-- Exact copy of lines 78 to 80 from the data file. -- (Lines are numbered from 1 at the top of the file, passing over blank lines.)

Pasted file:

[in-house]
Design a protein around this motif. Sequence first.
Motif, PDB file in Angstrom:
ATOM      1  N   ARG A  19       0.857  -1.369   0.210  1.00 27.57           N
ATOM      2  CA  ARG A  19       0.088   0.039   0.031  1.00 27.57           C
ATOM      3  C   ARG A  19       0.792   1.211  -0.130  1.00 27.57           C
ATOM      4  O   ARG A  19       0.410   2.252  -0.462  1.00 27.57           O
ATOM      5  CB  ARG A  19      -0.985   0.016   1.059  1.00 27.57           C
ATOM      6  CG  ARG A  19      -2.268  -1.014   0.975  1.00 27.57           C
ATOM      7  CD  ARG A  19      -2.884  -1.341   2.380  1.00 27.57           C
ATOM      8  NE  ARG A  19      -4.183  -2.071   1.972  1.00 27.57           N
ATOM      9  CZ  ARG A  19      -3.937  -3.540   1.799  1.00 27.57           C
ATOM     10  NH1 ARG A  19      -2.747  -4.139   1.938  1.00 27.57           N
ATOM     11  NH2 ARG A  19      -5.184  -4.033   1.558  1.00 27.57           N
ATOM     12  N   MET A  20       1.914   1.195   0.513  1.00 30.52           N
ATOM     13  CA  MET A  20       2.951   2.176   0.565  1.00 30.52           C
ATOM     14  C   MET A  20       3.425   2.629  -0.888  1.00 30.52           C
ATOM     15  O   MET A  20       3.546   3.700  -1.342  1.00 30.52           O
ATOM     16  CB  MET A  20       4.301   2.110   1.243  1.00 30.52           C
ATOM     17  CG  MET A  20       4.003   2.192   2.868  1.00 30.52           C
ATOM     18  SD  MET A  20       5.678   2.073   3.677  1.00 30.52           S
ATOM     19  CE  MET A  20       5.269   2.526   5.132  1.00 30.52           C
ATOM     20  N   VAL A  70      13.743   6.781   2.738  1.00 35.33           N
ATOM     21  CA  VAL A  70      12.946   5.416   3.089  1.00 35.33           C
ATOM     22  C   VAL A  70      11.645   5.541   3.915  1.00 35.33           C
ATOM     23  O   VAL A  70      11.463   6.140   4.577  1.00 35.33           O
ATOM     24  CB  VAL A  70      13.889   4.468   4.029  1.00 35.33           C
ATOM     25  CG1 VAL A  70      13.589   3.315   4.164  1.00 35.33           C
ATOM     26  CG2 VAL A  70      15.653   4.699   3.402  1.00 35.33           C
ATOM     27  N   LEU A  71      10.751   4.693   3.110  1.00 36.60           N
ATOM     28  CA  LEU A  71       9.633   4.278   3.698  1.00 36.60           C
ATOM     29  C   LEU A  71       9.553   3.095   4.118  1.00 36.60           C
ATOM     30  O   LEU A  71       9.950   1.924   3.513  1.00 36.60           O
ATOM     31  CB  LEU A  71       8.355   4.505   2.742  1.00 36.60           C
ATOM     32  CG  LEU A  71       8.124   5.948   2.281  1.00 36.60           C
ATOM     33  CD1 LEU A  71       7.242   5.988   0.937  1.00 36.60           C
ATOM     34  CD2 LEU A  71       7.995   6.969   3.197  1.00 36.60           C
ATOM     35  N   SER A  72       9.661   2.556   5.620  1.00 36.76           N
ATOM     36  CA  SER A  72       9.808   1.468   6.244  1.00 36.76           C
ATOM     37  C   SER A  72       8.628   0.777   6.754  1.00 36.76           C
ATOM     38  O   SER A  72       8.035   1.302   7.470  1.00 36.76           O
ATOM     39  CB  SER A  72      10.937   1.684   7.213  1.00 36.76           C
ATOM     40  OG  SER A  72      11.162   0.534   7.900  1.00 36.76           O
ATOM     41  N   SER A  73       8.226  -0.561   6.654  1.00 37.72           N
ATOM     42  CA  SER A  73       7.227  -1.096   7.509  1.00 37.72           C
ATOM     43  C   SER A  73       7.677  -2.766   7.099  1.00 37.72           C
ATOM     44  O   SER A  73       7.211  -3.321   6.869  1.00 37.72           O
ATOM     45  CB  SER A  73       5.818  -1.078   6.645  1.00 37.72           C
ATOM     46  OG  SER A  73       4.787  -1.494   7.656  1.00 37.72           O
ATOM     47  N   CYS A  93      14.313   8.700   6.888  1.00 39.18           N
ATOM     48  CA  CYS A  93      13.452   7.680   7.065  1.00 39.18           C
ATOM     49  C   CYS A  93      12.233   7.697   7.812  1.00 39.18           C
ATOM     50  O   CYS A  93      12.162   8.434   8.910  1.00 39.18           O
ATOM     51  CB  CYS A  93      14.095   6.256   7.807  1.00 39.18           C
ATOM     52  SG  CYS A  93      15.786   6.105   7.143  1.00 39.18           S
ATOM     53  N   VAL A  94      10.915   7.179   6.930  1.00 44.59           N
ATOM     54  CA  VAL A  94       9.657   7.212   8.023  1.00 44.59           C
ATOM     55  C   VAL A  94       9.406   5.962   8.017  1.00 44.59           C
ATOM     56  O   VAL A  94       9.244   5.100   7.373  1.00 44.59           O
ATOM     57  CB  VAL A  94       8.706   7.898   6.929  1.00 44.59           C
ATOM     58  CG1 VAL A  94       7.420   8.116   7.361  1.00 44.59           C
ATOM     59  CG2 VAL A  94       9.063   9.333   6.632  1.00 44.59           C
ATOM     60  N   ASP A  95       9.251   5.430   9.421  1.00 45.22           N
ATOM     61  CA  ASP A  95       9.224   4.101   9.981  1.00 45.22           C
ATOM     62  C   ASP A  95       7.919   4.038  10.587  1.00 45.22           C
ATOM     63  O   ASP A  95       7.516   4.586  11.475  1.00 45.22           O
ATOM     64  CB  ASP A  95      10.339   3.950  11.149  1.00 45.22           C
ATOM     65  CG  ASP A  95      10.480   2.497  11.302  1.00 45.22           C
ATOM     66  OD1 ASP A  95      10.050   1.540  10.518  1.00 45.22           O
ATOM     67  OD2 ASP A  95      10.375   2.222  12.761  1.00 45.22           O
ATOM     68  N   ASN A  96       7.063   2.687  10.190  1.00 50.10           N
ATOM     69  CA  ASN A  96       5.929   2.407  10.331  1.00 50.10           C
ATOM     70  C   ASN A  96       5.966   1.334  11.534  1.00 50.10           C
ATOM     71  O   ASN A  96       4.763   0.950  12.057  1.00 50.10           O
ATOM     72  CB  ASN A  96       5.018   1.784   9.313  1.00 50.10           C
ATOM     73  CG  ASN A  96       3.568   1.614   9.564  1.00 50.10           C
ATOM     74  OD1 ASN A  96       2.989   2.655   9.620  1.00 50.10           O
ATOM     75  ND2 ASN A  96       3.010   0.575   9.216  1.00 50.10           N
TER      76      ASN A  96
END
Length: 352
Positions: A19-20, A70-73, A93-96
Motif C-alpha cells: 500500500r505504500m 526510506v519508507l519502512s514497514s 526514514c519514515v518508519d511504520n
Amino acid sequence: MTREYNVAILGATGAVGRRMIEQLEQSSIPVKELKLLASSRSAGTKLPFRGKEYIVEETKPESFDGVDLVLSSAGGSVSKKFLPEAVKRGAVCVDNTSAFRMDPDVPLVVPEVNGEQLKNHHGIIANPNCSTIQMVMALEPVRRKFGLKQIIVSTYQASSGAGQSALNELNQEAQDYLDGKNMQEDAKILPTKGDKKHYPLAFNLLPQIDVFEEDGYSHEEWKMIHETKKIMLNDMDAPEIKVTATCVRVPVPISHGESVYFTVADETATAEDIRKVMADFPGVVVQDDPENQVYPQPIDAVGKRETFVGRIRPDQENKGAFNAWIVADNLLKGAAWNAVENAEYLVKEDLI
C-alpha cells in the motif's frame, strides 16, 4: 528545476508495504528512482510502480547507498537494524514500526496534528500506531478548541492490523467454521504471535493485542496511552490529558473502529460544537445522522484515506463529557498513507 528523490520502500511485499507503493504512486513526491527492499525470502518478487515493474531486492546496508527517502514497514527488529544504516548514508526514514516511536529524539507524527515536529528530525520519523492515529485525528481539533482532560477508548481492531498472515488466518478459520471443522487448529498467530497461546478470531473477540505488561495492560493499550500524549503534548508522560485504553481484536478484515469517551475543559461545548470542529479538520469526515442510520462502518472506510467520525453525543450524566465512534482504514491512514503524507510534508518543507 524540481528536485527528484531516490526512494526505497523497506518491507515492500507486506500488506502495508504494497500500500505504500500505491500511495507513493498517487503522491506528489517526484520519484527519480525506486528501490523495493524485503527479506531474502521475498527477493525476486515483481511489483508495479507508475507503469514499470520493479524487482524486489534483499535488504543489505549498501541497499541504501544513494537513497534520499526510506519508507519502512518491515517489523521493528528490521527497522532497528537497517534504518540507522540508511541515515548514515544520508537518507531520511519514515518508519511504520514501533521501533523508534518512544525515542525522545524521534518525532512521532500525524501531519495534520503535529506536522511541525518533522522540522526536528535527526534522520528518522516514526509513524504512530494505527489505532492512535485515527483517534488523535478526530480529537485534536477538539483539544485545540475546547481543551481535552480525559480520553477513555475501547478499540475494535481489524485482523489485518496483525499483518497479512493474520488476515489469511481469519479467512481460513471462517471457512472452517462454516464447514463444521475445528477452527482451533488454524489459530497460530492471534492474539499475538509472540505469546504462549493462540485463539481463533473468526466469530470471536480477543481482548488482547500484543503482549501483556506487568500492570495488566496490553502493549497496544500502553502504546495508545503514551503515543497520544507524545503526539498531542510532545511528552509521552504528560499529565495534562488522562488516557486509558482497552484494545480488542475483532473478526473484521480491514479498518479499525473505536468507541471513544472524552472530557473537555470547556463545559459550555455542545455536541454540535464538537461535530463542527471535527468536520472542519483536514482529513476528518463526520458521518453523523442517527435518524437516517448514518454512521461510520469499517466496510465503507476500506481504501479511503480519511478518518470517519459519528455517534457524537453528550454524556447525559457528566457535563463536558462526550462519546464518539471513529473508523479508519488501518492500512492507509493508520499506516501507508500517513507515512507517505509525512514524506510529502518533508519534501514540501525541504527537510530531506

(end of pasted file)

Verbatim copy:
ATOM     75  ND2 ASN A  96       3.010   0.575   9.216  1.00 50.10           N
TER      76      ASN A  96
END